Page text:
Body Mass Index


Body Mass Index for Kids

While we Americans are supersizing our meals, we’re also supersizing ourselves. More than 60 percent of adults in the United States are overweight or obese, creating many health problems, including an increased risk of heart disease, stroke, diabetes, high blood pressure, arthritis, varicose veins, and even some types of cancer.

Obesity among children is also on the rise, and with increased weight comes risk for diseases like diabetes and heart disease, even for kids. A BMI chart shows a measurement called body mass index.

BMI is used as a screening tool to identify possible weight problems for children. The CDC and the American Academy of Pediatrics (AAP) recommend the use of BMI to screen for overweight and obesity in children beginning at 2 years old.

This does not measure exact body fat percentage. BMI charts help children, parents and medical professionals quickly see whether a child is normal, underweight, overweight or obese for his age, weight and height. Percentiles compare the weight limits of children of the same age and provide benchmarks for determining what is healthy. However, BMI is not a diagnostic tool. For example, a child may have a high BMI for age and sex, but to determine if excess fat is a problem, a health care provider would need to perform further assessments. These assessments might include skinfold thickness measurements, evaluations of diet, physical activity, family history, and other appropriate health screenings.

To use BMI charts, you must first calculate BMI. Although BMI does not directly tell you an exact body-fat percentage that you get from using skinfold calipers, underwater weighing or electrical impedance methods, BMI does correspond to body-fat percentage, according to the Centers for Disease Control and Prevention. You can then compare your child's BMI on a BMI-for-age chart to discover your child's BMI percentile. To calculate BMI, use a BMI calculator. Select your child's gender first. Then, enter in the birth date, height measurements in feet and inches, weight measurement in pounds and the date of measurements. Then press the "calculate" button. A BMI calculator such as the one at KidsHealth automatically graphs the BMI results on a percentile chart for you. (See references & links) Lines on the graph mark the 5th, 85th and 95th percentiles so you can see where the BMI fits.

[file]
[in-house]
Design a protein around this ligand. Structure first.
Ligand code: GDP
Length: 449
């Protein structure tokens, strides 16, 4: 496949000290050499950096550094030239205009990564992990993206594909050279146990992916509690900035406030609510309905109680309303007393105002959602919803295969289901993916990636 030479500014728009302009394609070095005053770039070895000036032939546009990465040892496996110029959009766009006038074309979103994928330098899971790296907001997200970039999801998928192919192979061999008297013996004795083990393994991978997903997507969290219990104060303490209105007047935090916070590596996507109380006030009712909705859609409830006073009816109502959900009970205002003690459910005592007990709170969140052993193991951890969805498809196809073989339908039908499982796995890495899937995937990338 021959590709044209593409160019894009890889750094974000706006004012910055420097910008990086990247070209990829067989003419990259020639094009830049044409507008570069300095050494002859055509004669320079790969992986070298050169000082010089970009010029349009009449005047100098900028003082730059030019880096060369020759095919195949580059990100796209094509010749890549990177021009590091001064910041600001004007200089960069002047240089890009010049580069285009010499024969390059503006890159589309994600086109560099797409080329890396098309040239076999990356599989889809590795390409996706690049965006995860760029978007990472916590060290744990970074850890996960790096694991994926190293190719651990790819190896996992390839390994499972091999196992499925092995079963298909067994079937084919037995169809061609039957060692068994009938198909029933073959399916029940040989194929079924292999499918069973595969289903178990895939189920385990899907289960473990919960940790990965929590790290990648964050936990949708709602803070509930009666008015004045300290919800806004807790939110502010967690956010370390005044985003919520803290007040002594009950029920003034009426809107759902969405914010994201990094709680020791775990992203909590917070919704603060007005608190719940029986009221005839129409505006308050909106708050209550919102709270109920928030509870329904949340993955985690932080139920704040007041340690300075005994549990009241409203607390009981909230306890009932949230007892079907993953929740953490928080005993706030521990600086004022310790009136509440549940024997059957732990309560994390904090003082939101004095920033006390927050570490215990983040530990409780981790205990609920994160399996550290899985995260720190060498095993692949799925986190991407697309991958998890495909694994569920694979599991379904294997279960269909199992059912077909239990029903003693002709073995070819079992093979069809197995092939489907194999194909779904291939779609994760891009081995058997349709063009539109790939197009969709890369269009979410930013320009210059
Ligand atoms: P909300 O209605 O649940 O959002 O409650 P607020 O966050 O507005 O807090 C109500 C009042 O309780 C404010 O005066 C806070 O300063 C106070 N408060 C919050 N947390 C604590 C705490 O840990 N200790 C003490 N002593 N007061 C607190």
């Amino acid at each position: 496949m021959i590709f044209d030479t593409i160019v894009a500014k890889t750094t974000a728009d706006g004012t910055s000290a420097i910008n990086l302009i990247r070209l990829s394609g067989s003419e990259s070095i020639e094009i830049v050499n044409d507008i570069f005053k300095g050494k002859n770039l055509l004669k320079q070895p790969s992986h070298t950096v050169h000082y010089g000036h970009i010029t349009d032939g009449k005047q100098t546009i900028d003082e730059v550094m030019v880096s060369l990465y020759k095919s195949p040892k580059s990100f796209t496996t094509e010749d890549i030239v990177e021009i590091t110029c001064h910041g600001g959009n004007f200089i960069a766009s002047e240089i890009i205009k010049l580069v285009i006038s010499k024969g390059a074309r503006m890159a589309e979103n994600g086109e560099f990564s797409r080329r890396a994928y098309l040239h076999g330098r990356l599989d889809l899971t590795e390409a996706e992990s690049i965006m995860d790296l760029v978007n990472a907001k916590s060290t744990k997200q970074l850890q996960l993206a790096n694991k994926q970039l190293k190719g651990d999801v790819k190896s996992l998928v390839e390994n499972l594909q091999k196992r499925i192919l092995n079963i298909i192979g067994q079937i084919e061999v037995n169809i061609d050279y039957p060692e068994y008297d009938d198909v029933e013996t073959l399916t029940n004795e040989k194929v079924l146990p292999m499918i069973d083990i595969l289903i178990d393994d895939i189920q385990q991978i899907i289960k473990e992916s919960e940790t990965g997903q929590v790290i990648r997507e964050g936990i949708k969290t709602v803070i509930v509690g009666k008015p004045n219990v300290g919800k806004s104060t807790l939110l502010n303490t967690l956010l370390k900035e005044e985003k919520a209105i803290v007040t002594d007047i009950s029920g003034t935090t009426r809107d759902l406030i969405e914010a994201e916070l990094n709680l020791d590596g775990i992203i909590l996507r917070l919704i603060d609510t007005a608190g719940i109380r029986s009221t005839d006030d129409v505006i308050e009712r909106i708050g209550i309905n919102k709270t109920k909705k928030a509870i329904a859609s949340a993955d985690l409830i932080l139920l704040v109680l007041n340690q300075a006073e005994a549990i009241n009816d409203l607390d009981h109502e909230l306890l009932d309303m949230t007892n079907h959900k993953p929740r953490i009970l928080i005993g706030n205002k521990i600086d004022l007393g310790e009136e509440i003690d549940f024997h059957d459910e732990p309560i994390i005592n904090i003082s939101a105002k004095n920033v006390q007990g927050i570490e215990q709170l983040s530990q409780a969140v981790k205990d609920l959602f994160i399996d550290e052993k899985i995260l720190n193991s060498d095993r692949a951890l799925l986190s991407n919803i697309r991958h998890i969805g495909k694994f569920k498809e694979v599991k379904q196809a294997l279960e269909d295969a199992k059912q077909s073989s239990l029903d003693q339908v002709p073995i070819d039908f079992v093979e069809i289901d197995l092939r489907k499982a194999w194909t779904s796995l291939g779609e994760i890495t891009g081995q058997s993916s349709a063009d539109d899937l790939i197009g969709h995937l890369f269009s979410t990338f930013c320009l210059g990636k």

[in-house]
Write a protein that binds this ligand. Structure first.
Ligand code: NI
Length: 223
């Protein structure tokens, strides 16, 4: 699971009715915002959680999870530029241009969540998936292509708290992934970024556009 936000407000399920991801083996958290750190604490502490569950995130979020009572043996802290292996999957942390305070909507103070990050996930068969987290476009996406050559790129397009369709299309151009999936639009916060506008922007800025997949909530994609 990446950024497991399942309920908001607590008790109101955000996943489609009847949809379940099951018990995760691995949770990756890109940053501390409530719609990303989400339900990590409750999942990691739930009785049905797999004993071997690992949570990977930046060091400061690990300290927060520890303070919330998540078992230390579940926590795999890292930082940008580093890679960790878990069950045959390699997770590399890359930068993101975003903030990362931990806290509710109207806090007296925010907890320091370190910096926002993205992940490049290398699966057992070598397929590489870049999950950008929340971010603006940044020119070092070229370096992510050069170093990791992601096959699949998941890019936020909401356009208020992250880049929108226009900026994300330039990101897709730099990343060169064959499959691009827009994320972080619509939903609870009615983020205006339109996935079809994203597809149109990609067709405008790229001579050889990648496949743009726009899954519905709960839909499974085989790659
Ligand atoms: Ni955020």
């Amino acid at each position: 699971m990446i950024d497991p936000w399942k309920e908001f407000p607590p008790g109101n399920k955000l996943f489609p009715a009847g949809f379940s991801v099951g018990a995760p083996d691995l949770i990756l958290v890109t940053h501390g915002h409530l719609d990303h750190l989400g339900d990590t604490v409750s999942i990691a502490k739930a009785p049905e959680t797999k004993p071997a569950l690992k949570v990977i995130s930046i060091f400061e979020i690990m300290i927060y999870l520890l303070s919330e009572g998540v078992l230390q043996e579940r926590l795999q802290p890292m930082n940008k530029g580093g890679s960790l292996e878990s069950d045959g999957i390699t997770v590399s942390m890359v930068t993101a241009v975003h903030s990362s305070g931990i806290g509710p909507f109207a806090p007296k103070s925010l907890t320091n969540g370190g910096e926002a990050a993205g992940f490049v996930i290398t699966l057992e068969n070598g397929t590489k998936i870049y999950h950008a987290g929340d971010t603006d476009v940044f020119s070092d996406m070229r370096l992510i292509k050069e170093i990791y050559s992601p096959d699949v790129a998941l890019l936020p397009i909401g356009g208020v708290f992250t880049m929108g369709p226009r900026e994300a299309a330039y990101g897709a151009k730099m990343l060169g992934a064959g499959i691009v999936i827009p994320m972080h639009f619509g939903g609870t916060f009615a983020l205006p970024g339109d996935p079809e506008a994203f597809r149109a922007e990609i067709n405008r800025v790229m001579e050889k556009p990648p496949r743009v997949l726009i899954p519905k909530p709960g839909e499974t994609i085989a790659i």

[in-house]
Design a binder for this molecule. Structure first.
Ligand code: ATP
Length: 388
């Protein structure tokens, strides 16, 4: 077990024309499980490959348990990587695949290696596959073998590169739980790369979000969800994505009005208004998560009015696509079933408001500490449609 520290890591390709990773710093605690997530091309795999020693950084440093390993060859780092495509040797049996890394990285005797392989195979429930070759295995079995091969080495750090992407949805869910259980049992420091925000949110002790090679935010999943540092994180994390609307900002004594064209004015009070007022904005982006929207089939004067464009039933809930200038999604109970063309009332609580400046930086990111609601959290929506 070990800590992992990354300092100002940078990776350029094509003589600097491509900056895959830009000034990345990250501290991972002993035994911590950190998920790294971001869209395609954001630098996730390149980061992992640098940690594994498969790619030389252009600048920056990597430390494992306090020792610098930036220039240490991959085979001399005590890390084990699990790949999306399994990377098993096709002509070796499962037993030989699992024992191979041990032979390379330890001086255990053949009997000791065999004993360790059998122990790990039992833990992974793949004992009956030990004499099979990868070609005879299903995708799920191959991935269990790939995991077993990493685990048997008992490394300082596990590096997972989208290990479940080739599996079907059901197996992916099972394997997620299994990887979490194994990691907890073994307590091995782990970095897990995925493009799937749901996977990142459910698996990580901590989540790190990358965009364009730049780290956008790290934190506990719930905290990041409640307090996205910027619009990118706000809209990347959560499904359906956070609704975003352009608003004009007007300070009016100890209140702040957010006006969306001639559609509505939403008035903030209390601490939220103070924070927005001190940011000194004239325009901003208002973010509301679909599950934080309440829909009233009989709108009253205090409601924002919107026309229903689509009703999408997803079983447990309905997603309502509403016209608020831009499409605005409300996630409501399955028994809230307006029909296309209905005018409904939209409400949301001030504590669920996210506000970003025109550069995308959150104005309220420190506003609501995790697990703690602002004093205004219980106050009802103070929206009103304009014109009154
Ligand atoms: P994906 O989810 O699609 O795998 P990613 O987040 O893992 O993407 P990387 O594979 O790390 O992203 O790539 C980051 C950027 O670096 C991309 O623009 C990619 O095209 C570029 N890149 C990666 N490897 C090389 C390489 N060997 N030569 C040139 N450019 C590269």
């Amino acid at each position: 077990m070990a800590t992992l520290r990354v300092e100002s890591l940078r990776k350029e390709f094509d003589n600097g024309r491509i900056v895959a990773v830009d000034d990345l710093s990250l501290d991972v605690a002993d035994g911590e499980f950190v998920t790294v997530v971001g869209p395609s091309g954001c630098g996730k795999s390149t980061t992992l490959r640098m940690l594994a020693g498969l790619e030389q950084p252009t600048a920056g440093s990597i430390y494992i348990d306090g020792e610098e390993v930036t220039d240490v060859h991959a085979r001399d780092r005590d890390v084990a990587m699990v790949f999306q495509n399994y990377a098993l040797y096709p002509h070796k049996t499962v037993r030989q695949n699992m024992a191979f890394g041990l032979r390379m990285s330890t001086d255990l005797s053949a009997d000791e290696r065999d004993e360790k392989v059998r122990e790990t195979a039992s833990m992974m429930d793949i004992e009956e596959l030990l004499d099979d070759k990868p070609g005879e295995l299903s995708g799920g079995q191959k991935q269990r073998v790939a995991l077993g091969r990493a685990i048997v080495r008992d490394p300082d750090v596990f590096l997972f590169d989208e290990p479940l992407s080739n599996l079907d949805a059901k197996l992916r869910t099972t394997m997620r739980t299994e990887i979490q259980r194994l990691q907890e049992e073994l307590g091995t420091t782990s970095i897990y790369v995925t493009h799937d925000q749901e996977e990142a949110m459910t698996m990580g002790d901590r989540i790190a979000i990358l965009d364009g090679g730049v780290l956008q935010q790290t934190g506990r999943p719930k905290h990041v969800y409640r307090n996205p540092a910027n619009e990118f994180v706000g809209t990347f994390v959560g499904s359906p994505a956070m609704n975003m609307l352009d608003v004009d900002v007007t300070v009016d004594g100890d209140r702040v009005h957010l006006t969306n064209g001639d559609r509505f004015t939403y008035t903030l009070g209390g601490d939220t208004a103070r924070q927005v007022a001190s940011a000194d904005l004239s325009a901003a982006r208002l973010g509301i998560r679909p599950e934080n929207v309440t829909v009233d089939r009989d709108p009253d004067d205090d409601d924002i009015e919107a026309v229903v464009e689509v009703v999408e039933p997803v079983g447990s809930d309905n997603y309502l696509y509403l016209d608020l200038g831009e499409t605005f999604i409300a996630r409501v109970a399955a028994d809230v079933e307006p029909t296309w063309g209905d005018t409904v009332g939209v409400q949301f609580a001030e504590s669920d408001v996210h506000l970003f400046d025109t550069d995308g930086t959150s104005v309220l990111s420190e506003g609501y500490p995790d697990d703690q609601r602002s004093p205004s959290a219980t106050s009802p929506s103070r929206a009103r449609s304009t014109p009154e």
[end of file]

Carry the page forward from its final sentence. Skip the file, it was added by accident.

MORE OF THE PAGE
A child has a healthy BMI if his percentile is between the large range of the 5thto 85th percentiles, according to the CDC. Children with lower BMIs, less than the 5th percentile, are considered underweight. Overweight children fall above the 85th percentile. Any child who has a BMI equal to or greater than the 95th percentile is obese.
Gender and Age
Doctors use different charts for male and female children. This is because boys and girls grow at different rates and their body-fat amounts differ as they mature. If calculating the BMI yourself, be sure that you select the correct gender so the online calculator shows you the appropriate chart.

BMI versus Weight
BMI-for-age charts compare body mass index, not simply weight for age. Although it might be easier to simply compare your child's weight to a weight range for their age, this would not give you as accurate information because a healthy weight changes not only as height increases, but also monthly as a child ages, according to the CDC. BMI takes height into account and the calculations take the year and month of a child's birthday into account, giving a more accurate representation of a child's weight range as healthy, underweight, or overweight.

Limitations of BMI
BMI is an easy tool for estimating the amount of fat in your body. However, it is not a direct measure of body fatness, since your body weight is comprised of fat as well as muscle. Because of muscle mass and growth variations in children, the BMI chart my not be fully accurate for all children. The main limitation is that the BMI will yield inaccurate values for people that have large muscle mass. Despite these limitations, the use of BMI does yield some useful information for evaluating patterns and trends in groups of people. Other tests for weight can be performed on your child to ascertain fat levels with greater accuracy, but it is important to remember that weight is only one factor related to risk for disease. Many other variables may affect your child's health, so even if he/she is at a healthy BMI percentile, he/she should still see a pediatrician regularly.

References & Links
Center for Disease Control & Prevention: About BMI for Children and Teens
Kids Health: Body Mass Index (BMI) Charts